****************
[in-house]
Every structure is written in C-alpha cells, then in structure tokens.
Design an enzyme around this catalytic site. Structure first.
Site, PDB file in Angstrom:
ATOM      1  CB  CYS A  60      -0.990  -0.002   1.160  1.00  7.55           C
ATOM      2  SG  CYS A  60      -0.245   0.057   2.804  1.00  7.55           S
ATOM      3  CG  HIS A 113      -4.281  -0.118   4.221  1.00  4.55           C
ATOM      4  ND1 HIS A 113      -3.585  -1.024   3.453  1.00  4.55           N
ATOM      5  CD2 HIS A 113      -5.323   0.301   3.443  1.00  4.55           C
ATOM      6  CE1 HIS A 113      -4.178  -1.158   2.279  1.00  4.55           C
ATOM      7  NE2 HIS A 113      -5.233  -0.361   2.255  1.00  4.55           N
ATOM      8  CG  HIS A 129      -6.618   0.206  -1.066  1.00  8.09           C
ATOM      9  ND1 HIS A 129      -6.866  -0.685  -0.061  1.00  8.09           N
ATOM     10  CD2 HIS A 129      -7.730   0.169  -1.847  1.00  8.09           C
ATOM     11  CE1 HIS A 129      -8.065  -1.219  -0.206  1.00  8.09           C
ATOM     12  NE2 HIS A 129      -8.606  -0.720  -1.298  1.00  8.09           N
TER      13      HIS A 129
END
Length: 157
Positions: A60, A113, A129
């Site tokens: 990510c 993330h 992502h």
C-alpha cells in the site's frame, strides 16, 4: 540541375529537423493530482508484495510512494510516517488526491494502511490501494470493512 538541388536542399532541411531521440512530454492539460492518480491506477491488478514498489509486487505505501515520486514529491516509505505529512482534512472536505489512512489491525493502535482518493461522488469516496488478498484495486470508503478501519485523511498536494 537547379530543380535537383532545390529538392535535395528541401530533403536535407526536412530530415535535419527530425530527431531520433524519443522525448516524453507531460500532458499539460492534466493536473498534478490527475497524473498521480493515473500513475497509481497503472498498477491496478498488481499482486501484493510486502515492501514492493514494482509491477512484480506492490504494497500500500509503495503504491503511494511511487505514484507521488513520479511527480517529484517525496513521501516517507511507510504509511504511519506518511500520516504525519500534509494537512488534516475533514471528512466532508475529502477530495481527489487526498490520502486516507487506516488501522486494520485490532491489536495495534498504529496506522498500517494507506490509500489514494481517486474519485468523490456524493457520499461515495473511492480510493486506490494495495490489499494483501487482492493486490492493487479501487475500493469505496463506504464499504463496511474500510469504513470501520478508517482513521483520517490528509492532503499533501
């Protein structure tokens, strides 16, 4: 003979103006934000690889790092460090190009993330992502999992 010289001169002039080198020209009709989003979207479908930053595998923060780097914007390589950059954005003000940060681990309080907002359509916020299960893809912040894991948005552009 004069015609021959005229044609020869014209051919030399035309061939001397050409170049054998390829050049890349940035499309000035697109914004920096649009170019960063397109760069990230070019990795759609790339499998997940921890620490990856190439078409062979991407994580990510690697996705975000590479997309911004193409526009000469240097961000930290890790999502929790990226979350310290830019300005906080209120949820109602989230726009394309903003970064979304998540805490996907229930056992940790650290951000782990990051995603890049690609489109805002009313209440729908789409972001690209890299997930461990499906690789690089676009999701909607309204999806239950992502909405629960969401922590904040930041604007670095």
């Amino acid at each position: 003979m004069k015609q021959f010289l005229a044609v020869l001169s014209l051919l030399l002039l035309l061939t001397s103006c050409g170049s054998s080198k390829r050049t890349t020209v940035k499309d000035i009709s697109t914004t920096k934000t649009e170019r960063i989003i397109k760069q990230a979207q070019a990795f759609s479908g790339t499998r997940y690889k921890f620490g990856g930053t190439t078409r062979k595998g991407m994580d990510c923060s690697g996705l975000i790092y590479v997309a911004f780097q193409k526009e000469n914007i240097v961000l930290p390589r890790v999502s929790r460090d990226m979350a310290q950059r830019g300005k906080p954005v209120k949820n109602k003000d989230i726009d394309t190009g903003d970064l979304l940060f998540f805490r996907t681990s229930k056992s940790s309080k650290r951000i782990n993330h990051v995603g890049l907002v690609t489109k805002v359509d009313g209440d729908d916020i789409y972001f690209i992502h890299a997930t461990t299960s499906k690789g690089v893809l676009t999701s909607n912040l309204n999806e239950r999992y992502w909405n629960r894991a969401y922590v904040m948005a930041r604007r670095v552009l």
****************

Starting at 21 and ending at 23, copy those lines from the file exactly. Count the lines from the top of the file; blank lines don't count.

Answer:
């Site tokens: 990510c 993330h 992502h």
C-alpha cells in the site's frame, strides 16, 4: 540541375529537423493530482508484495510512494510516517488526491494502511490501494470493512 538541388536542399532541411531521440512530454492539460492518480491506477491488478514498489509486487505505501515520486514529491516509505505529512482534512472536505489512512489491525493502535482518493461522488469516496488478498484495486470508503478501519485523511498536494 537547379530543380535537383532545390529538392535535395528541401530533403536535407526536412530530415535535419527530425530527431531520433524519443522525448516524453507531460500532458499539460492534466493536473498534478490527475497524473498521480493515473500513475497509481497503472498498477491496478498488481499482486501484493510486502515492501514492493514494482509491477512484480506492490504494497500500500509503495503504491503511494511511487505514484507521488513520479511527480517529484517525496513521501516517507511507510504509511504511519506518511500520516504525519500534509494537512488534516475533514471528512466532508475529502477530495481527489487526498490520502486516507487506516488501522486494520485490532491489536495495534498504529496506522498500517494507506490509500489514494481517486474519485468523490456524493457520499461515495473511492480510493486506490494495495490489499494483501487482492493486490492493487479501487475500493469505496463506504464499504463496511474500510469504513470501520478508517482513521483520517490528509492532503499533501
């Protein structure tokens, strides 16, 4: 003979103006934000690889790092460090190009993330992502999992 010289001169002039080198020209009709989003979207479908930053595998923060780097914007390589950059954005003000940060681990309080907002359509916020299960893809912040894991948005552009 004069015609021959005229044609020869014209051919030399035309061939001397050409170049054998390829050049890349940035499309000035697109914004920096649009170019960063397109760069990230070019990795759609790339499998997940921890620490990856190439078409062979991407994580990510690697996705975000590479997309911004193409526009000469240097961000930290890790999502929790990226979350310290830019300005906080209120949820109602989230726009394309903003970064979304998540805490996907229930056992940790650290951000782990990051995603890049690609489109805002009313209440729908789409972001690209890299997930461990499906690789690089676009999701909607309204999806239950992502909405629960969401922590904040930041604007670095």